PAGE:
Here’s a thought: “In five years, 50 percent of the transactions will be completed by an agent who is not currently licensed.” That’s a quote from the incoming president of the Pennsylvania Association of Realtors, Ron Croushore.

It makes you stop and think about where these new agents are going to come from … and who is going to train them.

I own an independent brokerage. There are lots of us in the same situation; the number of independent brokerages is over 80 percent of brokerages in the marketplace, and it’s growing.

I don’t have franchise training programs to rely on. When I started my brokerage a couple of years ago, I realized I would have to develop my own talent. Yes, I have read numerous articles and tips about recruiting, but I still realized early on that I would have to train staff if I wanted to grow my brokerage quickly.

I sit on a statewide committee for the Pennsylvania Association of Realtors, which is essentially used as a “think tank” to consider upcoming issues facing our organization. In the first meeting, a member at large pointed out that the committee comprised members who all appeared to be over 40 (“No offense,” he said). He then asked this question: “How many of you have worked with a new agent in the last year?” After I raised my hand, there were no more agents or brokers who had worked with new agents in the room.

This is the challenge for our industry.

I decided not only to create a training program for my agents, but also to start a licensed school where we could provide prelicense classes and continuing education. Different states have different regulations about starting a real estate school; Pennsylvania has a pretty reasonable process, as does Florida — two states where we are currently licensed.

It takes quite a bit of effort to get the school licensed and up and running, but once you get it going, running a real estate school really has some benefits:

  • A school provides continuing education for your existing staff. This is a significant advantage; you can get courses authorized that benefit the training programs you think would be a good fit for your agents. Too often, the agents can fall into a trap of just taking bare-minimum continuing education classes, and those may not be a great fit for your organization or cover a topic in an area of emphasis for your agents.
  • Prelicensing classes can be a boon to your organization. In many cases, you can offer classes at no or low cost to prospective agents who complete the course and join your brokerage. When I started my school, I didn’t realize that I could offer scholarships — I learned that afterward when I was attending a district Realtor rally. I met a school director from Pittsburgh who provided classes for a large brokerage. It was a revelation for me — and perhaps you knew this already, but this strategy could be a tool to help grow your staff.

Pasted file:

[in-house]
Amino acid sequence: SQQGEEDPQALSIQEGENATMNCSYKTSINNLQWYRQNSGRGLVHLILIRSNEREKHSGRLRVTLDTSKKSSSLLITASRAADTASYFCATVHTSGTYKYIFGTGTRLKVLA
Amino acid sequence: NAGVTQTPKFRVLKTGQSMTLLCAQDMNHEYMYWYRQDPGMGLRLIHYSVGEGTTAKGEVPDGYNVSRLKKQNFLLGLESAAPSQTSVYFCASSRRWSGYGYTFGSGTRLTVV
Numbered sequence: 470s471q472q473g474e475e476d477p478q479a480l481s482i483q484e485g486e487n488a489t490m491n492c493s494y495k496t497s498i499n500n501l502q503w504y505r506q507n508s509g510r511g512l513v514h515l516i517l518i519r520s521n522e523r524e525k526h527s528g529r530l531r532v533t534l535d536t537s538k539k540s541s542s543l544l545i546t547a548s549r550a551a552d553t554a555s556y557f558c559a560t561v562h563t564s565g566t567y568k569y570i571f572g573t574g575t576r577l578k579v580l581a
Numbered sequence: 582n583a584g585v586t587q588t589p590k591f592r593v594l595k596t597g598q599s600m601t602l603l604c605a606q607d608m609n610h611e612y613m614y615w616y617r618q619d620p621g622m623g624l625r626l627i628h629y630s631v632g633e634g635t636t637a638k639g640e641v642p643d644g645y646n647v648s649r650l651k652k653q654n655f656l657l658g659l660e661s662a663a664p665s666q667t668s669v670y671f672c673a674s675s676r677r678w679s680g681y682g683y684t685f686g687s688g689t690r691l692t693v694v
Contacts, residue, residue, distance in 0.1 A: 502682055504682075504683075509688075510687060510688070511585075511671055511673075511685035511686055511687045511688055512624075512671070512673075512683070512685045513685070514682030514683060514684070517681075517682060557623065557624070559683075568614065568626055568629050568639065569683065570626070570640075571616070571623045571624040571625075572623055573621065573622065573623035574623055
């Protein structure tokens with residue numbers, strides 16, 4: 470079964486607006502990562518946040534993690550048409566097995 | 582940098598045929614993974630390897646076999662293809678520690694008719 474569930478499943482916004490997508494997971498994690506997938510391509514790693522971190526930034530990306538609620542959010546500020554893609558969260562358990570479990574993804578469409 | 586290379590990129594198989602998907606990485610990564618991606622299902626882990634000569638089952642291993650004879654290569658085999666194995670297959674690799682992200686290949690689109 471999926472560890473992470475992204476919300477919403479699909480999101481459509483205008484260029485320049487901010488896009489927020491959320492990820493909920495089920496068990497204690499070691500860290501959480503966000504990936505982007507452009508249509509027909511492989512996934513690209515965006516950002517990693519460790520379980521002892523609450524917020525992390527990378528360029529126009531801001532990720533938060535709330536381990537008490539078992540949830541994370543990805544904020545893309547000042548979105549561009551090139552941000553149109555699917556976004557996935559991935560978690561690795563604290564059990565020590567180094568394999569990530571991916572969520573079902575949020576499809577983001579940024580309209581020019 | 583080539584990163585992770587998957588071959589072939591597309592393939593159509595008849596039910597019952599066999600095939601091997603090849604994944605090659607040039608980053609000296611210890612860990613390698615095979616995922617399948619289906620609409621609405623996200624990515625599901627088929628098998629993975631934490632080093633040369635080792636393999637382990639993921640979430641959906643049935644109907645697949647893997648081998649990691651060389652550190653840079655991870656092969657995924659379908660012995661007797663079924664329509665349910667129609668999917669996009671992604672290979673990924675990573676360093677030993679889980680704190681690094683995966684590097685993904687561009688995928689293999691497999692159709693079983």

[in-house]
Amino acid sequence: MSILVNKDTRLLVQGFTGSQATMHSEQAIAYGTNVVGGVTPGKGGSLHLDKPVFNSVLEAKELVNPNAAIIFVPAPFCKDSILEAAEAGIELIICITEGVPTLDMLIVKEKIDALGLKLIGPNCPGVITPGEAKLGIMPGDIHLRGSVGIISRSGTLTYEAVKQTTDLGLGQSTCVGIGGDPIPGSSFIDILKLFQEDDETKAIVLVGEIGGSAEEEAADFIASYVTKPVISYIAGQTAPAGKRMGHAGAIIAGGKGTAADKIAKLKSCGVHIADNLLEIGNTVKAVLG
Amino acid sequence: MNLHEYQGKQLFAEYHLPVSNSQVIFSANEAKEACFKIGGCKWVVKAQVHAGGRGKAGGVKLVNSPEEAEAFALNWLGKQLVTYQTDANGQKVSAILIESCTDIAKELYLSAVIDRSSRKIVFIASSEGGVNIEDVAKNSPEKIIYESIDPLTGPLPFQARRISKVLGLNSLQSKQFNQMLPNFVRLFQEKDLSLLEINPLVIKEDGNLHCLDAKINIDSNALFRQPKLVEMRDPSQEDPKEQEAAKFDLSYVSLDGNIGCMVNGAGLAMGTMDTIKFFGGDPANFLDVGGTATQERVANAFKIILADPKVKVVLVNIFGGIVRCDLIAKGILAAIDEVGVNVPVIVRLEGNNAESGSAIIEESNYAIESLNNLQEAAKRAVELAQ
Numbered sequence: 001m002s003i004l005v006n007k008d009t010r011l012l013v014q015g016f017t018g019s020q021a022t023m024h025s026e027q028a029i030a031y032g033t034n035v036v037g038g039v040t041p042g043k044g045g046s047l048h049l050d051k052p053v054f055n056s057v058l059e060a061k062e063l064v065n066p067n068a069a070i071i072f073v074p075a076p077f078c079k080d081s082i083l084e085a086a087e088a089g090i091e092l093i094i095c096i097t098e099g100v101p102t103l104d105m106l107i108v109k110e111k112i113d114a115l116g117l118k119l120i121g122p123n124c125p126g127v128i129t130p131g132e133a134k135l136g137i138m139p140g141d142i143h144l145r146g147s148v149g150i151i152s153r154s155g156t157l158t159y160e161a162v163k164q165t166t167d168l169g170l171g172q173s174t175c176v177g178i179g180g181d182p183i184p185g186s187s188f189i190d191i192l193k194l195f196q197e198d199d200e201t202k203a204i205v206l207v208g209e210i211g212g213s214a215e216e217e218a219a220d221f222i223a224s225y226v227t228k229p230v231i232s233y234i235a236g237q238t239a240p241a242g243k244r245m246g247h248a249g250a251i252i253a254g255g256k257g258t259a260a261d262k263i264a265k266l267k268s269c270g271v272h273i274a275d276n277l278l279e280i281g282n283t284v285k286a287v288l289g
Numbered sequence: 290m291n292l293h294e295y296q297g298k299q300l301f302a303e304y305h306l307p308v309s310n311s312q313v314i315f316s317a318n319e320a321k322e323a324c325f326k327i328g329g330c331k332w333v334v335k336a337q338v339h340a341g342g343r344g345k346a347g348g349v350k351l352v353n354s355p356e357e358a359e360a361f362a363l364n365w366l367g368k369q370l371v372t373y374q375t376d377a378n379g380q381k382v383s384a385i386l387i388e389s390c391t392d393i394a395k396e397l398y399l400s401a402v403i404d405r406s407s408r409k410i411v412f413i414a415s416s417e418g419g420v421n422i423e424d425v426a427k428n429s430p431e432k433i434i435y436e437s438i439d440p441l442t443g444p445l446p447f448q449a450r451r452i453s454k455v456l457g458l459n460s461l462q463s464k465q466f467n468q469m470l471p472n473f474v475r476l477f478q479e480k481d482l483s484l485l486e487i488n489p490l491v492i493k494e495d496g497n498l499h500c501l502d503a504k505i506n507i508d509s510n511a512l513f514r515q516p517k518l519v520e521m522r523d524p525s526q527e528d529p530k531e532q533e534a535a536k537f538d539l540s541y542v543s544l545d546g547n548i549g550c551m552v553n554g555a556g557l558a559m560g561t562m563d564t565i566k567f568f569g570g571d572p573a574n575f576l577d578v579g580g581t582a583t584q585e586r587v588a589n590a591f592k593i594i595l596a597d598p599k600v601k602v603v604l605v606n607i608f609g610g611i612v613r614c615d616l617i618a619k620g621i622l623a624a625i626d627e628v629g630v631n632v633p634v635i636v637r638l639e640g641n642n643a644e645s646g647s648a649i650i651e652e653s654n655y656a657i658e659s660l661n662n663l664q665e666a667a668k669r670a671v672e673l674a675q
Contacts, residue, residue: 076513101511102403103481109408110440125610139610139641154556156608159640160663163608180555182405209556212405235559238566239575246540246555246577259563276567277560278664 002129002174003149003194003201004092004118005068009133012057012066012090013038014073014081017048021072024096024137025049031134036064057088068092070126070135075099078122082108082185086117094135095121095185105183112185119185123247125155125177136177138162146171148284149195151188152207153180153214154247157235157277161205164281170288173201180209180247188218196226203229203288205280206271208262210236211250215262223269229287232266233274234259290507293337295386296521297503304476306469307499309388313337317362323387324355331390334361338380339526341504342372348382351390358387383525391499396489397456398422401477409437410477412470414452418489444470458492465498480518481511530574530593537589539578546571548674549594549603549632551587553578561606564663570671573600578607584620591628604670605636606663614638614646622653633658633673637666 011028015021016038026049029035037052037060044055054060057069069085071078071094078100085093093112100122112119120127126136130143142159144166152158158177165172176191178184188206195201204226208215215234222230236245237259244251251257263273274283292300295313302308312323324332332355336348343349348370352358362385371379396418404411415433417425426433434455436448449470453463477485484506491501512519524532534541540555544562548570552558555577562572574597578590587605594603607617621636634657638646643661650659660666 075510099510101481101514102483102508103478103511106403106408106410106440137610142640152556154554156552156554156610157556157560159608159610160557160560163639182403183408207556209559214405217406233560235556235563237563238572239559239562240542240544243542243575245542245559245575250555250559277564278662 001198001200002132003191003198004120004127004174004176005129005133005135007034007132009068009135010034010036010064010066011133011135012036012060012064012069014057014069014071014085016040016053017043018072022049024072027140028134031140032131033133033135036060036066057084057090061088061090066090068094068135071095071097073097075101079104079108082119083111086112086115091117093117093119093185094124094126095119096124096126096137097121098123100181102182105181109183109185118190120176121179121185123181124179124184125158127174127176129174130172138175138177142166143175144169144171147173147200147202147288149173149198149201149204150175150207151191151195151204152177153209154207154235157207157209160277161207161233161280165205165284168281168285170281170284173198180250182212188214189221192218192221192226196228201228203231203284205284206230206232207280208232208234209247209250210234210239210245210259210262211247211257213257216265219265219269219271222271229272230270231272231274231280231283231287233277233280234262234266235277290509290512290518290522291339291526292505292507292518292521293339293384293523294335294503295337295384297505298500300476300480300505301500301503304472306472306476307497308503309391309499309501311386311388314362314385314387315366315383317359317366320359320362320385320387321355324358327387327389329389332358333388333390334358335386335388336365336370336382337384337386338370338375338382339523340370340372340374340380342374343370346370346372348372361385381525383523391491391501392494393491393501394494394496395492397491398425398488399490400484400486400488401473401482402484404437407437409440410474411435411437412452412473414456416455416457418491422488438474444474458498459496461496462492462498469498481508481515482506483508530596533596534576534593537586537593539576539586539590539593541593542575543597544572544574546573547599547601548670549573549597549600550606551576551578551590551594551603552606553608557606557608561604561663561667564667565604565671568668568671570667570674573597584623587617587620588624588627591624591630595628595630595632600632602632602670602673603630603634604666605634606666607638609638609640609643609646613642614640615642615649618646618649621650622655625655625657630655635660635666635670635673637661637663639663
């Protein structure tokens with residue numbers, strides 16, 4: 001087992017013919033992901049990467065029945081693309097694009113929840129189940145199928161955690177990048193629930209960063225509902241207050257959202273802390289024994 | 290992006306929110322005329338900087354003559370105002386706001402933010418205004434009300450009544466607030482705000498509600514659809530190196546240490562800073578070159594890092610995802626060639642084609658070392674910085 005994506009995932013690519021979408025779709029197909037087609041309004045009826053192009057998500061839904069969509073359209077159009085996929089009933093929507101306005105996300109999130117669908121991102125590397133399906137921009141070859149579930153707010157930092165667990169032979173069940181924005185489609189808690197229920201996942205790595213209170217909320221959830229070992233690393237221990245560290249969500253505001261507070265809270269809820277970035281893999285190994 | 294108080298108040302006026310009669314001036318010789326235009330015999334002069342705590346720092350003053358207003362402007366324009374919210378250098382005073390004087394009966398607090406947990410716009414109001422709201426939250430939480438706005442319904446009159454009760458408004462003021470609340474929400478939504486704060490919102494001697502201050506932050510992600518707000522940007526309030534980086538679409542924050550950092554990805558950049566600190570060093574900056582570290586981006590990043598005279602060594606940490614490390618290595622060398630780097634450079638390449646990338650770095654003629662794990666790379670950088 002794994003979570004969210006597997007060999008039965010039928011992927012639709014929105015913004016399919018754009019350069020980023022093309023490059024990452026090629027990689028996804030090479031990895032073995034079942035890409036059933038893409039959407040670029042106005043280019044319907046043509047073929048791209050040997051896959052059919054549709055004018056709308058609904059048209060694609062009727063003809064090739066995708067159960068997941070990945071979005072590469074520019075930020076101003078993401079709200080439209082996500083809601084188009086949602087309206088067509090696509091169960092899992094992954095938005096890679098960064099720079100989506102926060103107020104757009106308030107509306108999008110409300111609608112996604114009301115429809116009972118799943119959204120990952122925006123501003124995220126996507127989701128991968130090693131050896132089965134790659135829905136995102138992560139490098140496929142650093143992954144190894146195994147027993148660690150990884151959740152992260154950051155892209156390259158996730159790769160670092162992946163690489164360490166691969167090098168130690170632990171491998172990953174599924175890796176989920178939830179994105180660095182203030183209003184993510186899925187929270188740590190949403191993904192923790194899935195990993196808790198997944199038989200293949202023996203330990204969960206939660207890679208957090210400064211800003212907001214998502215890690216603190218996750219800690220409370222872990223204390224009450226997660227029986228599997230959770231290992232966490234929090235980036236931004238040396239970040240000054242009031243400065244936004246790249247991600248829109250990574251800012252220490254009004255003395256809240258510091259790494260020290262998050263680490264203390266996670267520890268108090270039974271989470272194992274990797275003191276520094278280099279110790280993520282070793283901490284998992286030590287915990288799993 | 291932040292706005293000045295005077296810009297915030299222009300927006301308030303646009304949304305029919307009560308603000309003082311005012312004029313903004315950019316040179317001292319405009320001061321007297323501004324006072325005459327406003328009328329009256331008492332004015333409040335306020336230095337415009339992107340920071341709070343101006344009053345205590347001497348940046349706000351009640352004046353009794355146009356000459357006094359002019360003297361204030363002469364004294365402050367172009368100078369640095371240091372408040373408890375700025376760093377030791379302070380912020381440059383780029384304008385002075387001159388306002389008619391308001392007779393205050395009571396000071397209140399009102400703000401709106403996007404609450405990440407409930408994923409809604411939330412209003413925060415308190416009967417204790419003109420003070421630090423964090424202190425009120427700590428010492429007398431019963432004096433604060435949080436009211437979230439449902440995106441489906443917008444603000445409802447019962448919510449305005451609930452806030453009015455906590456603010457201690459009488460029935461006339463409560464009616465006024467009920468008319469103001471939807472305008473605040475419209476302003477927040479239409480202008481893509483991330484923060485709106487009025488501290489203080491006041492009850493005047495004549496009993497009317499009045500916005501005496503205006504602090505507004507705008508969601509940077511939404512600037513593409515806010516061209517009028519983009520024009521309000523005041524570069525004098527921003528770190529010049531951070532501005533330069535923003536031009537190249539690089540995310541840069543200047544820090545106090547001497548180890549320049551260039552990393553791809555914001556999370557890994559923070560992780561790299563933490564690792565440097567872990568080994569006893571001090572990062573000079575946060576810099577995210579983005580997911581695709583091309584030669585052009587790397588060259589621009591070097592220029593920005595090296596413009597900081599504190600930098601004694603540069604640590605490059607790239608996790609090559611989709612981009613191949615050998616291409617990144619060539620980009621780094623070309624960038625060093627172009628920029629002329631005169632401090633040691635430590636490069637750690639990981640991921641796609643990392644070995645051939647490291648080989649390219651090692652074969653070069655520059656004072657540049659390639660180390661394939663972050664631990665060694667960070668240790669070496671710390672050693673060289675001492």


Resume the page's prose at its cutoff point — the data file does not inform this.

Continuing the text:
By no means do you have to start a real estate school. You might decide a better alternative is to partner with a local or regional proprietary school. You might also find that your local or regional board of Realtors can help with classes on a regular schedule or a customized basis.

One suggestion to get your training program going is to work with a school that can license a branch setup. This would enable a broker who wishes to have the in-house ability to teach his own agents. He would be able to designate a trainer agent with both skill and knowledge and get that person licensed through a proprietary or association-owned school to deliver training and provide a competitive edge.

YouTube videos

We set out to create a playlist of videos. We have recorded more than 50 of videos and have built a library to teach agents about a variety of topics that are of interest to our brokerage. This is a fantastic — and free — tool we use to help onboard new agents.

Because they are available online (and therefore nearly everywhere when accessed on a cellphone or tablet), they are particularly helpful to the new agents — and especially to those new agents who may have time to view our training videos in the off-hours and at their own leisure. The videos are also helpful as refresher tools for existing agents. As the broker, when I get calls from agents who need help on a particular topic, I will often refer them back to the training video and point out that they need to catch that episode for some training or a refresher.

These are just some of the best tools I found to help me develop in-house training. I am sure there are others. Let us know about them in the comments!

Adam Conrad Jr., MBA, is the founder and broker/owner of Perry Wellington Realty, licensed in Pennsylvania, Florida, Maryland and West Virginia.

Email Adam Conrad.

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